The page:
Is your aging parent one of the many battling Alzheimer’s disease or another form of dementia and taking medication? Dr. Elizabeth Landsverk, a Silicon Valley, California-based geriatrician, recently quoted in an article in The Mercury News, strongly advises against elders taking certain everyday medications as they undo any benefits of other prescribed medications. Landsverk has an impressive background. She is an adjunct professor of medicine at Stanford University and is triple board certified in geriatrics, internal and palliative medicines.
Choline is a chemical that brain cells need to communicate with each other and is found in medications that seek to treat dementia. Dr. Landsverk advises that medication for the senior brain works differently than on a younger one.
“It’s interesting; I’m contrary to what’s often done out in the community for behavioral issues in elders,” Landsverk said. “I follow the academic geriatric principal and the Beers Criteria List, which list meds that probably shouldn’t be given to elders as they have worse side effects than they do in younger adults.”
Landsverk is the founder of ElderConsult, a geriatric medicine practice that provides in-house calls primarily to senior patients with dementia or agitation throughout the San Francisco Bay Area. During these house calls, she looks at her a comprehensive list of all of the medications her patients are taking and determines which can be removed.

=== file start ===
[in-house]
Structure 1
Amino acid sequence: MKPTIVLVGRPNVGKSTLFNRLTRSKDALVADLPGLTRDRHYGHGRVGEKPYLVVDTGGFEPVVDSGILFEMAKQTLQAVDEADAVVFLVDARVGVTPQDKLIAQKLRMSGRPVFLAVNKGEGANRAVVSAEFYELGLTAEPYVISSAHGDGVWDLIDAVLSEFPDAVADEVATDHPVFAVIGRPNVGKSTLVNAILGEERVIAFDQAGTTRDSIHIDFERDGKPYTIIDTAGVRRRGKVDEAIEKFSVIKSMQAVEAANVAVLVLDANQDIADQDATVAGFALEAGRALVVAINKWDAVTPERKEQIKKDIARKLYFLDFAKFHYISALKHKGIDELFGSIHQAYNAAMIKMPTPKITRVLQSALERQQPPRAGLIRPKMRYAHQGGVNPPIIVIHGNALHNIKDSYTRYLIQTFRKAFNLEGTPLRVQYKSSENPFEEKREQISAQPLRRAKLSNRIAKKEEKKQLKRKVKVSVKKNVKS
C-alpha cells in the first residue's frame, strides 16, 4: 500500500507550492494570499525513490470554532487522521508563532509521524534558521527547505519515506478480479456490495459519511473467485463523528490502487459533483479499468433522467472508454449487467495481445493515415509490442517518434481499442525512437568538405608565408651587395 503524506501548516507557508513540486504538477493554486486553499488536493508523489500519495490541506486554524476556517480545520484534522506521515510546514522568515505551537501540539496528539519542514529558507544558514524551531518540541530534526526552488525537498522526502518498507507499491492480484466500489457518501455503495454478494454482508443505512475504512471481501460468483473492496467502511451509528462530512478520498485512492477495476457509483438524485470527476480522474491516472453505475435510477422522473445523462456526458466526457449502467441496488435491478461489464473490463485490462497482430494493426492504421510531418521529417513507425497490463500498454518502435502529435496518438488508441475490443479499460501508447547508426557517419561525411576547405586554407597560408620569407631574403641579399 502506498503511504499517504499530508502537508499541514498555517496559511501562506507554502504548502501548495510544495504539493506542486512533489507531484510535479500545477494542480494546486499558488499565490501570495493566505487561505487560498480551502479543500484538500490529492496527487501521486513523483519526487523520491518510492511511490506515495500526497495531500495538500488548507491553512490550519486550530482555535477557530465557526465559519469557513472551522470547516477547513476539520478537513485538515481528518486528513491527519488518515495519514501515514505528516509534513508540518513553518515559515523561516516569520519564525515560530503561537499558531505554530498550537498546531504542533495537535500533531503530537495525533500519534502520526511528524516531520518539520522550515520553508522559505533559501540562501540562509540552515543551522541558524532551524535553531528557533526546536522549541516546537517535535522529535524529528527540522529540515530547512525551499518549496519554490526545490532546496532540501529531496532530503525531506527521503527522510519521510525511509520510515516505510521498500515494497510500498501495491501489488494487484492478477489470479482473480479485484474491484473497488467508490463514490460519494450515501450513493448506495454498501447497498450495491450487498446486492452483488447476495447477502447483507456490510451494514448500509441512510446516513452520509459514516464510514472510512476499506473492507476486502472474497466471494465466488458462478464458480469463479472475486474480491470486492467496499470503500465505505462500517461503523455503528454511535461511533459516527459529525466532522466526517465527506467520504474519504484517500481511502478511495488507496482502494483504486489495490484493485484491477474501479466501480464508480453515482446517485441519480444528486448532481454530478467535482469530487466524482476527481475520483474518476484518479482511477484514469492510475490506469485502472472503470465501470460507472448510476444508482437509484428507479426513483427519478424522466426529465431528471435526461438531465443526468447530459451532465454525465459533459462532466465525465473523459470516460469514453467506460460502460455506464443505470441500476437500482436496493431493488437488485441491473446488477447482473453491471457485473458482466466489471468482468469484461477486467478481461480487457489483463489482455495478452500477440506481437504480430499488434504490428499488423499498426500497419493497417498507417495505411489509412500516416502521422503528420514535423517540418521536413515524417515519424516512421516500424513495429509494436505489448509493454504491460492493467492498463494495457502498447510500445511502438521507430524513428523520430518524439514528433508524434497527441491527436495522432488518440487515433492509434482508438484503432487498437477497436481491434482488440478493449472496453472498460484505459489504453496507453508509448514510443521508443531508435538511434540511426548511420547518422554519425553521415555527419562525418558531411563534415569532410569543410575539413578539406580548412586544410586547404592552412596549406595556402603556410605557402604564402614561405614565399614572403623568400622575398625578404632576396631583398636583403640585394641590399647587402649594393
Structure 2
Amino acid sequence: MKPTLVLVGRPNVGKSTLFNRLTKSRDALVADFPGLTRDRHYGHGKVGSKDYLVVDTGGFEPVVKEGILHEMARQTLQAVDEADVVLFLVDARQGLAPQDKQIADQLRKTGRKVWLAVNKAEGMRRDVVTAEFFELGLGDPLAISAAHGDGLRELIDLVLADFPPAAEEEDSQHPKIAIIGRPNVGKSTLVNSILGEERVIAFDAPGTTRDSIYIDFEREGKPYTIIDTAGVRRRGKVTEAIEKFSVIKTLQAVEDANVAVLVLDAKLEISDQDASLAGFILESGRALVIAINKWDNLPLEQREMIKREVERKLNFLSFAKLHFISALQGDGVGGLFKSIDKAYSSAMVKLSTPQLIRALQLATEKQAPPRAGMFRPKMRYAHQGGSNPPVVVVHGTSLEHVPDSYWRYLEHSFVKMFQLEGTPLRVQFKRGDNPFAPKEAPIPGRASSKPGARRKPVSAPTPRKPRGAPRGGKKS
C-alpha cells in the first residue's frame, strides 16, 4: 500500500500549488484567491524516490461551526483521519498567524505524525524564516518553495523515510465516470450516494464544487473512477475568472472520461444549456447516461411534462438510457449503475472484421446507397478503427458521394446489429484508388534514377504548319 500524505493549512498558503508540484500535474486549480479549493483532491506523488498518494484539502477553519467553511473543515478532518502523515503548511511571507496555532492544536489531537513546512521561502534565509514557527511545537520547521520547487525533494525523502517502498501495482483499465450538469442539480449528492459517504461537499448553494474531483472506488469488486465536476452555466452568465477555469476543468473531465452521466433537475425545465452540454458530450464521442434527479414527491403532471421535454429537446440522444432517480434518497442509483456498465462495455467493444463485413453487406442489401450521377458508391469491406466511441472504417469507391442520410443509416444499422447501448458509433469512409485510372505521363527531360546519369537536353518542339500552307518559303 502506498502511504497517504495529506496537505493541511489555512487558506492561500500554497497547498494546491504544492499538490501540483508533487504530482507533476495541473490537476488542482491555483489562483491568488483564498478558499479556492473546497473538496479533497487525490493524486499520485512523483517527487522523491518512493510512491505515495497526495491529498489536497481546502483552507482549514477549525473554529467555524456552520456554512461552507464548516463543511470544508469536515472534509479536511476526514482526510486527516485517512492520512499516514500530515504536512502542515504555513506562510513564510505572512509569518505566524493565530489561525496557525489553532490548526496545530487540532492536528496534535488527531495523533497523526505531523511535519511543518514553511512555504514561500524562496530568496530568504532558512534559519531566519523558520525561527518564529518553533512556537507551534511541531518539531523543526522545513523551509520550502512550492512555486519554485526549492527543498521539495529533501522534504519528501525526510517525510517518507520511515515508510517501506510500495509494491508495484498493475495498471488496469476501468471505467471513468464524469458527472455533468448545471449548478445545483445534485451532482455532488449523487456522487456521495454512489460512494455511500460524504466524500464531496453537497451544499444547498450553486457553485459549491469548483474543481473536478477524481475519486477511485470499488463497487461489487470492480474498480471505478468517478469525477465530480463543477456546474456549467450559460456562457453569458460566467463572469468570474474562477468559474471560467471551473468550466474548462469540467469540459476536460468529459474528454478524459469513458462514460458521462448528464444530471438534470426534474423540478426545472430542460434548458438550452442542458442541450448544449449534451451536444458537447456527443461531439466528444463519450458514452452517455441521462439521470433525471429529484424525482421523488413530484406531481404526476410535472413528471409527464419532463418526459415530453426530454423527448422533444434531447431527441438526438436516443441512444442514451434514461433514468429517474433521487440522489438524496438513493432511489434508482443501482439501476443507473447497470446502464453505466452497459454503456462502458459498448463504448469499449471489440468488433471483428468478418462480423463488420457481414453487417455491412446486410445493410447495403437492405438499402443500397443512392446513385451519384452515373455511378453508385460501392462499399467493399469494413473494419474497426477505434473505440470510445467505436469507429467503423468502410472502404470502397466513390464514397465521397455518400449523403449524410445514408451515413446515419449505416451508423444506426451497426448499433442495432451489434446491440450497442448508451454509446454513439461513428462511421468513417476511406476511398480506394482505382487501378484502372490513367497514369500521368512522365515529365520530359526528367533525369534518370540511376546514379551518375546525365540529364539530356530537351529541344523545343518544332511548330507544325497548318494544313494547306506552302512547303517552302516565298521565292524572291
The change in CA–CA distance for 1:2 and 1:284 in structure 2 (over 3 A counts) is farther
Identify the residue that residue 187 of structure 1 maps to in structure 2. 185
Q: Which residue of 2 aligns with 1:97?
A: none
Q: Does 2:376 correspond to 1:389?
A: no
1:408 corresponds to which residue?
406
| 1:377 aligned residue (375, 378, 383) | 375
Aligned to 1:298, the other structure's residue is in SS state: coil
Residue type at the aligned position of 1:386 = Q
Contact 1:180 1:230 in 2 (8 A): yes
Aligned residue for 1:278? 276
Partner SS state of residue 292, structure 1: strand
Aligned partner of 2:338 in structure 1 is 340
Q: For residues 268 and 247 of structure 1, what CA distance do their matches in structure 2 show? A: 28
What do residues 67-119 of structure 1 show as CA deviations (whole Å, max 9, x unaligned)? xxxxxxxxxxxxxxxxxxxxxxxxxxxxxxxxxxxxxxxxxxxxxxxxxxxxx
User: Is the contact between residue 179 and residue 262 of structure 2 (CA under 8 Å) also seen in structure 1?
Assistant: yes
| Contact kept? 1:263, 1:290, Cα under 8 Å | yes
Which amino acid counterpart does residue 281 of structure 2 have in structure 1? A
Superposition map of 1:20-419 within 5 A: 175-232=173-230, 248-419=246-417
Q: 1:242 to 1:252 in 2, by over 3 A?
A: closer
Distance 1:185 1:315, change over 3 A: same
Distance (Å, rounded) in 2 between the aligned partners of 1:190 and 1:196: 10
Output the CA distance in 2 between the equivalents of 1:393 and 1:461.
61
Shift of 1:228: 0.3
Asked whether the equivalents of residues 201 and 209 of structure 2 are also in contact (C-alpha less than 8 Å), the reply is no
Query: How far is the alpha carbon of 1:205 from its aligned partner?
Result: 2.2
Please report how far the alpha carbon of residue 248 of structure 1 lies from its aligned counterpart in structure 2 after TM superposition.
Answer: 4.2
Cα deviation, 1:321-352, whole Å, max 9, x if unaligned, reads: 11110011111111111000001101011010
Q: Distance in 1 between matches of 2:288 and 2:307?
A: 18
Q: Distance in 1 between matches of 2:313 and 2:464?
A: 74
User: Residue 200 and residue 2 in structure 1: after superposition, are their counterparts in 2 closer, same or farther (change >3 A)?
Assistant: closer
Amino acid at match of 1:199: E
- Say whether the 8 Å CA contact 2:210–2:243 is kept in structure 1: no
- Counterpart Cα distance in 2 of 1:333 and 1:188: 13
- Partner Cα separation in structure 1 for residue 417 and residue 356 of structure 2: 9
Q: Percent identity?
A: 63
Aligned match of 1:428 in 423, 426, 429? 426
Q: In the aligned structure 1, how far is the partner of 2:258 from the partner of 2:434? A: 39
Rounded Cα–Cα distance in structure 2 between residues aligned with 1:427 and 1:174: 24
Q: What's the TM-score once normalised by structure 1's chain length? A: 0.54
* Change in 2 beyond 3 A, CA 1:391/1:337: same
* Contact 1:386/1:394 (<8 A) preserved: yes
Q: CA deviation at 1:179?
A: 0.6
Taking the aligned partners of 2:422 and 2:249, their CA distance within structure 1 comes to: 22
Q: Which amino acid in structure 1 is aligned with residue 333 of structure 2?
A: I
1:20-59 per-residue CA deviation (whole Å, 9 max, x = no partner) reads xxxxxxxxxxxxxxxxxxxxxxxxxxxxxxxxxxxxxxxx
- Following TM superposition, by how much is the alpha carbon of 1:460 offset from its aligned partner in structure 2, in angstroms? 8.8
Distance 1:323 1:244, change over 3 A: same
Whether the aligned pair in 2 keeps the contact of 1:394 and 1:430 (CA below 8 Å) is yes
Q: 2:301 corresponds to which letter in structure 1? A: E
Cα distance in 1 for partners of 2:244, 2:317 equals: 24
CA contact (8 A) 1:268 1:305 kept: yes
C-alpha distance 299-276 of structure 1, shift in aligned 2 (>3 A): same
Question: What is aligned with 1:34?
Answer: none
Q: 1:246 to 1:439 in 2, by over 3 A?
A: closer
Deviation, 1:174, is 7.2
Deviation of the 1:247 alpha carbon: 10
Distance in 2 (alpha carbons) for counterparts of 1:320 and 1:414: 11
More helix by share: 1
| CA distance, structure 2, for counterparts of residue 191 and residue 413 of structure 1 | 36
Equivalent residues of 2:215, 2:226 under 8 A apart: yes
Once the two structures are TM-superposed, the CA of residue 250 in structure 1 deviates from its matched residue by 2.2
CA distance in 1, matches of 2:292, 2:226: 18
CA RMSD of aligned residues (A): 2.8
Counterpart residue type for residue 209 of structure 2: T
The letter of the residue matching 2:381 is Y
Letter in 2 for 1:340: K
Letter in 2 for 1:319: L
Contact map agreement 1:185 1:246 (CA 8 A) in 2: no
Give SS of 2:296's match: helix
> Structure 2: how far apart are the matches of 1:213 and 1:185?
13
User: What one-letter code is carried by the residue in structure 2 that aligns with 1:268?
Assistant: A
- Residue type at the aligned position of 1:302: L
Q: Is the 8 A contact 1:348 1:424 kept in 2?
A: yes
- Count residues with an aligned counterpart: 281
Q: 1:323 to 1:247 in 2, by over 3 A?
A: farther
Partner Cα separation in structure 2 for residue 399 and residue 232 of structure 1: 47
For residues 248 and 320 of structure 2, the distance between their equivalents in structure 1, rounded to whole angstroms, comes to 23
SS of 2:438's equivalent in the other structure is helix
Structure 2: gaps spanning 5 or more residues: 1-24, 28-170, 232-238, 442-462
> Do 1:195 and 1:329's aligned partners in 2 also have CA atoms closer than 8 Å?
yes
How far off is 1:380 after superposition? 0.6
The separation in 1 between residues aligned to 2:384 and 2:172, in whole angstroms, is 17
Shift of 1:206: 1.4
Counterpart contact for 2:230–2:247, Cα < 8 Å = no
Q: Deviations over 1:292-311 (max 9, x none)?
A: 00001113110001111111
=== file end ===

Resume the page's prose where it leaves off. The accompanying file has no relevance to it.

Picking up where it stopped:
Many common medications that an elder may take every day are anticholinergic, which means they decrease levels of choline. For example, antihistamines like Benadryl, anti-anxiety medications like Ativan and Xanax, and antidepressants such as Prozac and Cymbalta are all anticholinergic. Dr. Landsverk has a complete list of anticholinergic medications that can be found on her website, here.
When an elder takes an anticholinergic, she is likely to become more confused and experience worsening of dementia, memory loss, and agitation. Some additional complications can include dry mouth, lightheadedness, blurred vision, constipation, difficulty starting and continuing to urinate and loss of bladder control. In other words, some prescribed as well as over the counter medications often do more harm than good to elders.
Dr. Landsverk does not prescribe sleeping medication like Ambien or benzodiazepines like Xanax or Ativan because they are a recipe for reduced brain function and agitation. “Xanax is short-acting and even if taken as directed could make you more anxious in between doses; it’s the ‘crack of benzos.’ Xanax in elders with dementia could cause irritation and agitation, and stopping the prescription can put some into withdrawal”, she said.
Some medications are good for elders, Dr. Landsverk says, such as low-dose aspirin, vitamin B12, vitamin D, calcium and Tylenol to control pain. Some types of antidepressants can work well for elders. Every elder is different. Before making any changes to your aging parent’s medication, be sure to consult their physicians. Adult children can be the watchers over their aging parents’ welfare including their medical regimens. To learn other ways to best keep your aging loved ones safe, check out our helpful book The Family Guide to Aging Parents at AgingParents.com. You can download it here too!
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